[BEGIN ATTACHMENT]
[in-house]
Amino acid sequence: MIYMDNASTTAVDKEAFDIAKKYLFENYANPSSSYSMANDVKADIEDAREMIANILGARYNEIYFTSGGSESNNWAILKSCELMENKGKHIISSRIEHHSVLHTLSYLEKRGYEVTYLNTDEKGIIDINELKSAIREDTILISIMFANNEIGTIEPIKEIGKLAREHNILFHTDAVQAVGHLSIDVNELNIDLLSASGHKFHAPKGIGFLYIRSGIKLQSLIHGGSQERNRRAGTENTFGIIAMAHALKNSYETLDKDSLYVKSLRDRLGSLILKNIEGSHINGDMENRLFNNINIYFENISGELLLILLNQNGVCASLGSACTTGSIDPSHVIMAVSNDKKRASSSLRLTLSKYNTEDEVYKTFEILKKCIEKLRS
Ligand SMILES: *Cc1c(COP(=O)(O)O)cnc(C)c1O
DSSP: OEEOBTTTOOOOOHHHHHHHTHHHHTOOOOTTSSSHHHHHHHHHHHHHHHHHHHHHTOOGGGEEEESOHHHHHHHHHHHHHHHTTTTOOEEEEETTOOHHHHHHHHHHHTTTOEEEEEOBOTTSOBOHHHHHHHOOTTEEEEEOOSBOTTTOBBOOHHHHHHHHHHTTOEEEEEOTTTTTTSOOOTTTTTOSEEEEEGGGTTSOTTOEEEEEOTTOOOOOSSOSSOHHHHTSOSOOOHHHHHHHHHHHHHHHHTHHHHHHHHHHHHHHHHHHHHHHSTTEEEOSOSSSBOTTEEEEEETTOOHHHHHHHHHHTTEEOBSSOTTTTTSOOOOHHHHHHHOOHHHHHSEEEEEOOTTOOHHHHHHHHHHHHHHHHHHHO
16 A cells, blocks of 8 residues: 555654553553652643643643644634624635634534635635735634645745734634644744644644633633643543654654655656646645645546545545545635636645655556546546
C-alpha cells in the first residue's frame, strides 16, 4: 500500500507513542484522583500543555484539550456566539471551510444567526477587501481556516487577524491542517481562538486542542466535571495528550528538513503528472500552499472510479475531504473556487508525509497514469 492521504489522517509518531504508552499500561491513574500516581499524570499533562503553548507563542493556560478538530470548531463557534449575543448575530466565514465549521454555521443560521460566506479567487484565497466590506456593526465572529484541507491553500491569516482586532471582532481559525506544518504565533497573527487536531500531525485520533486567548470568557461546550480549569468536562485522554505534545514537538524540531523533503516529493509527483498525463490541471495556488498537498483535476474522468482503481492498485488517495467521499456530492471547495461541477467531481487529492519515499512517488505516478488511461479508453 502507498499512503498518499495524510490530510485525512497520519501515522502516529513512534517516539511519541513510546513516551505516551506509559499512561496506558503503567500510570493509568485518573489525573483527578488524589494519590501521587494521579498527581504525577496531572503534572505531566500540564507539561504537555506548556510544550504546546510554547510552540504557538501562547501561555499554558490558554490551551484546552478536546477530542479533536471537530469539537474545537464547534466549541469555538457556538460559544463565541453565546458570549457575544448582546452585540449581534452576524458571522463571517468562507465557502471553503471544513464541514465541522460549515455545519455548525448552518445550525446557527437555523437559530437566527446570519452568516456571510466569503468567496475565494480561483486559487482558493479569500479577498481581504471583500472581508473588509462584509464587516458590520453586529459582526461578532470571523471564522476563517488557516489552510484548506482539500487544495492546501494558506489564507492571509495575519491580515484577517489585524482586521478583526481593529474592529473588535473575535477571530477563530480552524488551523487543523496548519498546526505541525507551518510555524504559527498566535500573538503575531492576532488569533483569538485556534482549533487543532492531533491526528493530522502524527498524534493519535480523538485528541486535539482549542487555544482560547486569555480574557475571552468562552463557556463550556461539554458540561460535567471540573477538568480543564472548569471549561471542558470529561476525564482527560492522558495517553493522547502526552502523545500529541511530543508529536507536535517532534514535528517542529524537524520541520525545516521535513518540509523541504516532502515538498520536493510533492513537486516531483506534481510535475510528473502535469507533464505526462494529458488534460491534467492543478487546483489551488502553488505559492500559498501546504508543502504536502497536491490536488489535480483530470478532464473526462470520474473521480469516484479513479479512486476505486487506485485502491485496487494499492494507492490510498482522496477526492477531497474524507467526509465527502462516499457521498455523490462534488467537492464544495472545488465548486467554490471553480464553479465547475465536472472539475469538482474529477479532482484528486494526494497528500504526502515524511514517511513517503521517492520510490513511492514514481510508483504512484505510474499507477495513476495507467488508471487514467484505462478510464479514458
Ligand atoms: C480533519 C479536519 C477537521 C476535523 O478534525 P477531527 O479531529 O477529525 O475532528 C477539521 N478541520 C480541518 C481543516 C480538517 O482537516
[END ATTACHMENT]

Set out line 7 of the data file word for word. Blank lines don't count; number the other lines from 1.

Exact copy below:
Ligand atoms: C480533519 C479536519 C477537521 C476535523 O478534525 P477531527 O479531529 O477529525 O475532528 C477539521 N478541520 C480541518 C481543516 C480538517 O482537516